From the bestselling author of Red Herrings & White Elephants, Shaggy Dogs, Pop Goes the Weasel, They Laughed at Galileo and many more..
We all love a good mystery don’t we? And by all, I mean each and every one of us are, or will be, captivated at one time or another by a decent, real-life, scary mystery; either one of the world’s most famous or something on a much smaller scale. But, writing a book on just one of these would have been relatively easy.
The challenge came from researching many of them and then condensing them down in a way that I know you, my reader, will enjoy them. And that is in short, sharp informative sections that can be read on the train, bus, queue or whilst you are waiting to pick the kids up from school.
In other words, the challenge was to explain each mystery in a way you can enjoy, and absorb, in about ten minutes flat. Therefore, inevitably, some information will be missing, for which I apologise in advance.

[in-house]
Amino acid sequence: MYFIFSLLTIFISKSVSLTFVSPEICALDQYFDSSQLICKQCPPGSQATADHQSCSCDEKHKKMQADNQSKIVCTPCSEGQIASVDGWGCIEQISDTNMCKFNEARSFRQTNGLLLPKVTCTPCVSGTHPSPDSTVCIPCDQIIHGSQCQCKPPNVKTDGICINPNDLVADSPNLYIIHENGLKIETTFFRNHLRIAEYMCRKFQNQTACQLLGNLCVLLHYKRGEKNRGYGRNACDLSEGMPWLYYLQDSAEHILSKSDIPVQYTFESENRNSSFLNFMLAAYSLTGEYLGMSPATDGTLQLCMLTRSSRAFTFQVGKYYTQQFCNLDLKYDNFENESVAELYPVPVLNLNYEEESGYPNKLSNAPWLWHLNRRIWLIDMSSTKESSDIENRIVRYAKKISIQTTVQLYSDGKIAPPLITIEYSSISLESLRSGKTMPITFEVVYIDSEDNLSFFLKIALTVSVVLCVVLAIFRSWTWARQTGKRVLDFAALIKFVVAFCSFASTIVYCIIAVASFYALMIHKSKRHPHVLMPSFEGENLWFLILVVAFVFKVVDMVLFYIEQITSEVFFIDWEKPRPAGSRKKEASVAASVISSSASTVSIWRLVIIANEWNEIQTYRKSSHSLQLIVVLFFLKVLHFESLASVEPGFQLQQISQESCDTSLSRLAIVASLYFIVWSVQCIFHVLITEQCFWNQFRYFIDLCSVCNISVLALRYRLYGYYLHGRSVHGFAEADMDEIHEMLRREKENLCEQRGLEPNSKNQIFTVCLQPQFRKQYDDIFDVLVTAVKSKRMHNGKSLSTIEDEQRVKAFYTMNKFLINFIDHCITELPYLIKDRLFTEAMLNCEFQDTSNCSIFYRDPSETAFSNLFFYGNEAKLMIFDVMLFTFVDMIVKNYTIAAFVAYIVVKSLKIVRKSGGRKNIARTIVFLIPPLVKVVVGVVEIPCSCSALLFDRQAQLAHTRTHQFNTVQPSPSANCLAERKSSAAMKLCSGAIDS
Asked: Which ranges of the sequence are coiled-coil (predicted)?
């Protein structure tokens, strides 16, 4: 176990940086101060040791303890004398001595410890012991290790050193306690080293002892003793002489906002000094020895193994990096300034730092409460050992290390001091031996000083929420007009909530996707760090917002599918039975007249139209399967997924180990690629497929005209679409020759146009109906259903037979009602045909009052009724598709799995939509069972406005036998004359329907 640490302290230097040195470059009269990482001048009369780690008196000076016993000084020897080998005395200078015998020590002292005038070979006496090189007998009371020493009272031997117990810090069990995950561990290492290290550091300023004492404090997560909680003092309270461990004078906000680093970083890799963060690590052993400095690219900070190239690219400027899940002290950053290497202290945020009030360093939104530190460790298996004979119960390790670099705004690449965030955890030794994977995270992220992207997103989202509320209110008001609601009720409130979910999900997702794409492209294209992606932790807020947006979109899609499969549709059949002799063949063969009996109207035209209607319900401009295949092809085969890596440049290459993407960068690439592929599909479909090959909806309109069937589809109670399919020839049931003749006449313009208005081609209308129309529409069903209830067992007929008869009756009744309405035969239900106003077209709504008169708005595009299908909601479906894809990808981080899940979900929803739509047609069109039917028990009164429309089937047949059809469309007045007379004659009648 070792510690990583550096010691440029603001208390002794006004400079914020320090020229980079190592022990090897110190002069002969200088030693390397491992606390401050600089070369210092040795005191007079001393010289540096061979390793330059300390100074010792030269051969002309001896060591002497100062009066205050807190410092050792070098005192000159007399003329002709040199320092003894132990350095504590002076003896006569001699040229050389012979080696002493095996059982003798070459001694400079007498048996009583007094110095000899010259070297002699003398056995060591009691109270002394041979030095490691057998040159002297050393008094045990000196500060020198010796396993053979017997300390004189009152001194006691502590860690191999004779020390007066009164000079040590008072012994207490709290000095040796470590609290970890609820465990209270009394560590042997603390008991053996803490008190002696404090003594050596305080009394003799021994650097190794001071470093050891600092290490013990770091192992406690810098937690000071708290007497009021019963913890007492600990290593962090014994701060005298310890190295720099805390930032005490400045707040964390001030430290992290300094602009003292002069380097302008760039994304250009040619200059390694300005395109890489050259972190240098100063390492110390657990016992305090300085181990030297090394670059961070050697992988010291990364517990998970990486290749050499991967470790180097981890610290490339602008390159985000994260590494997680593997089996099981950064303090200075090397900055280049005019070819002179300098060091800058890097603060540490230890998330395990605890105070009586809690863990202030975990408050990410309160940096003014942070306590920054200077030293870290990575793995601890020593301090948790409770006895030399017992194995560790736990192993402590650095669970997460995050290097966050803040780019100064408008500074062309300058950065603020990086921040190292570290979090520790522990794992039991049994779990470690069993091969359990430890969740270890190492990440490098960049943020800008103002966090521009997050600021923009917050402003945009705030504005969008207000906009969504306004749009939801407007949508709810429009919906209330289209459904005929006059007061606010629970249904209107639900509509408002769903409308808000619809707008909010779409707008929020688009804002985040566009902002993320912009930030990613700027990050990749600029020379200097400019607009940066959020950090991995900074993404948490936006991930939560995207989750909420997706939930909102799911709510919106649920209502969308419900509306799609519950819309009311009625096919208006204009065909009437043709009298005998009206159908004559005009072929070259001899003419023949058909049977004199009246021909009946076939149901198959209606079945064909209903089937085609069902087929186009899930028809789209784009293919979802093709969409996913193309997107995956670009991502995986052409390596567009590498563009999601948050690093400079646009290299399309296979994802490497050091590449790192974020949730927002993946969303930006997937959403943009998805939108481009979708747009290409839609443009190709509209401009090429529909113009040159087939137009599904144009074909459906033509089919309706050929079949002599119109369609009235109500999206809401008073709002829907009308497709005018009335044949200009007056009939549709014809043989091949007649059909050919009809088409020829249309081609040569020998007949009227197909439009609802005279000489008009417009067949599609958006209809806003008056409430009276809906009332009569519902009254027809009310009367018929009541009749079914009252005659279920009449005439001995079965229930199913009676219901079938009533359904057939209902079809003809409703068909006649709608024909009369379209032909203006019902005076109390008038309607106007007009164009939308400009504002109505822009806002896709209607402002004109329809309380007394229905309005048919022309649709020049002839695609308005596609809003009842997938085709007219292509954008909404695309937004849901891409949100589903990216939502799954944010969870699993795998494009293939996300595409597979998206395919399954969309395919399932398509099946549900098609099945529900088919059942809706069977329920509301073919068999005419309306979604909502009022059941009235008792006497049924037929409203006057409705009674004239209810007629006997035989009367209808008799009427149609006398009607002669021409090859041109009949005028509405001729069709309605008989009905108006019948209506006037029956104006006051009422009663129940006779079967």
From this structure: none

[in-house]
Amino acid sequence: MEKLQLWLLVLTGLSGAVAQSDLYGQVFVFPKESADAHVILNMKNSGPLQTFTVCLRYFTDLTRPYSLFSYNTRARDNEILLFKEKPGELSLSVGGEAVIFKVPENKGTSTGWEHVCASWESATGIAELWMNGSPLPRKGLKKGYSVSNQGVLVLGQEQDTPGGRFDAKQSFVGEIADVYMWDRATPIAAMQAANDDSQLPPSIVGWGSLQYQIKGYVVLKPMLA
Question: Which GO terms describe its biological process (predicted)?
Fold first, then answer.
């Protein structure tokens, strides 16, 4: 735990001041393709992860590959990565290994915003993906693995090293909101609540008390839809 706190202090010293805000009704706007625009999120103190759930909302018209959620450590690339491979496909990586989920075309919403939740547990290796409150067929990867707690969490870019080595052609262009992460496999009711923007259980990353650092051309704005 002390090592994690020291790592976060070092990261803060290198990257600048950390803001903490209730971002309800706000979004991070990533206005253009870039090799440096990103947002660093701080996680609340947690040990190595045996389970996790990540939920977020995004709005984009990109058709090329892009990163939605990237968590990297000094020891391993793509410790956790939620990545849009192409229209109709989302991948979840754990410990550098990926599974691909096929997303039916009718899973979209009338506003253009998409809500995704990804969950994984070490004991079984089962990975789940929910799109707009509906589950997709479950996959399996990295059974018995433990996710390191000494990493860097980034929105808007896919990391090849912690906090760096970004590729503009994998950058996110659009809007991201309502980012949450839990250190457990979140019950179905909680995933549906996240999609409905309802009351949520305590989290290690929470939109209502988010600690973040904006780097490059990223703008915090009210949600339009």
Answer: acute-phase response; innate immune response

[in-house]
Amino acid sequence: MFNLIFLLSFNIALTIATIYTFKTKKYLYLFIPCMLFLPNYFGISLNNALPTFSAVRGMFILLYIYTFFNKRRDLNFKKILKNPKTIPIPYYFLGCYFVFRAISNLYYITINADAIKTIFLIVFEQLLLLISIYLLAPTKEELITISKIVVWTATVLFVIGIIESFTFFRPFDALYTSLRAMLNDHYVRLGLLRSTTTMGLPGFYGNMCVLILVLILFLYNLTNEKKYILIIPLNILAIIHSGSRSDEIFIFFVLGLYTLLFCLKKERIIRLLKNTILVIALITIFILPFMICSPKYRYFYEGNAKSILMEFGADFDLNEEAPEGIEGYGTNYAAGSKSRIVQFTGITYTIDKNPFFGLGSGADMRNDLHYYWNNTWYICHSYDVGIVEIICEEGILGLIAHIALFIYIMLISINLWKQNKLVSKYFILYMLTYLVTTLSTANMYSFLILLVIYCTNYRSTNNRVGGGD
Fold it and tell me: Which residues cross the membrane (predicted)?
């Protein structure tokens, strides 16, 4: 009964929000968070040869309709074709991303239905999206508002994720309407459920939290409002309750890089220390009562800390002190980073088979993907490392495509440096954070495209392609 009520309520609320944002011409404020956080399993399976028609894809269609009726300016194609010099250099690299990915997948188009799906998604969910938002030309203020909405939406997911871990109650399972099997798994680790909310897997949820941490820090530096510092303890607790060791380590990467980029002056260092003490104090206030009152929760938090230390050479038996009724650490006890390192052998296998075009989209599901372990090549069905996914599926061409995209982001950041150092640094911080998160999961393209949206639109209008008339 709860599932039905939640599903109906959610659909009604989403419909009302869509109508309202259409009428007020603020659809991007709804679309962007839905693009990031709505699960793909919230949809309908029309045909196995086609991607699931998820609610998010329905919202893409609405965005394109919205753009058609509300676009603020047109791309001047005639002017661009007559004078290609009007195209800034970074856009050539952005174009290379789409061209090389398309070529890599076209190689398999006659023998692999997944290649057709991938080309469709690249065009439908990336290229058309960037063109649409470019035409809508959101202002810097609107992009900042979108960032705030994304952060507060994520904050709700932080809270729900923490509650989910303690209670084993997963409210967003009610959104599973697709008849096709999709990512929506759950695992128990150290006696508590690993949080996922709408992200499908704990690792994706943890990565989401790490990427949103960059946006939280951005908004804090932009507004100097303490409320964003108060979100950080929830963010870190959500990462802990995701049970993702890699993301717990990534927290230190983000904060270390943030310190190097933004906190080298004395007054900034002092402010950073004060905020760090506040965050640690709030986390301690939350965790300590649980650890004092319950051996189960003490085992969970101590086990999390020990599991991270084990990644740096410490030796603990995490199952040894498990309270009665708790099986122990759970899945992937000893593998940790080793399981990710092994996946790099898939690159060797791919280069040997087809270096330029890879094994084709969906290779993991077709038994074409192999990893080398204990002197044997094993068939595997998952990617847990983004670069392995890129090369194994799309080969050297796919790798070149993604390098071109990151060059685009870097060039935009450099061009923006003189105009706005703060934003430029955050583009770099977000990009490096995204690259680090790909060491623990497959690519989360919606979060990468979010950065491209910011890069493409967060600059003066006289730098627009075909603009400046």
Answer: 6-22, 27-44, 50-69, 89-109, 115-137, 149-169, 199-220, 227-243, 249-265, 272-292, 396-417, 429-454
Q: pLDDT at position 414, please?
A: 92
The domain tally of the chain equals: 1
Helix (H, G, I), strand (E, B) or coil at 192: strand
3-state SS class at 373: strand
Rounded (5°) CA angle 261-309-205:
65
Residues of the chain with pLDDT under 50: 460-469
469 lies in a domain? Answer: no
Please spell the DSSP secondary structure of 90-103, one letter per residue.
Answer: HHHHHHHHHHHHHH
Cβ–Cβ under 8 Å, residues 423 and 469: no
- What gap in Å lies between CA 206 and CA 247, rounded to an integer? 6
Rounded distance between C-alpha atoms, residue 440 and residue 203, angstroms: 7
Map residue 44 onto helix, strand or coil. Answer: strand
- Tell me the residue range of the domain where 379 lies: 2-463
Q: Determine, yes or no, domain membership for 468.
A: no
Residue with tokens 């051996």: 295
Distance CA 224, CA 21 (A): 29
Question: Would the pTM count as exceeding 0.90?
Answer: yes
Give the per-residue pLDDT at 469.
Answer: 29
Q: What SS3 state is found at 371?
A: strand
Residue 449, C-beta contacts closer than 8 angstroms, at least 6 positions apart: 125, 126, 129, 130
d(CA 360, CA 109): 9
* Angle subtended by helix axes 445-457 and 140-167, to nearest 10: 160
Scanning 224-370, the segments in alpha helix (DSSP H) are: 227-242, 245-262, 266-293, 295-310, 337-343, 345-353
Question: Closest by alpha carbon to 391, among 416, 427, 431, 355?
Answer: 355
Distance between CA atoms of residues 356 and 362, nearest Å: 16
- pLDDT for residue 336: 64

But the missing detail isn’t critical to the basic story; the core details of the mystery in question should all be in there. And this brings me to an important point. Given that I am a fan of the unknown and unexplained, I have not set out to be a mystery buster in this series.
Instead I just wanted to tell the story, reveal some little-known detail and offer a rational explanation wherever I could. I wanted to provoke some thought and conversation wherever I could, but leave you to decide the answer for yourselves; does the story remain a mystery, in your view, or have you managed to piece together a theory of your own that you can share with friends.
Although, to be fair, I must admit there are some cases where I just couldn’t resist presenting some of my own ideas and giving full rein to my scepticism. But don’t let that stop you from enjoying yourselves. Here then is the short story of Leonardo Da Vinci and his famous Mona Lisa. Who was she and where is she now?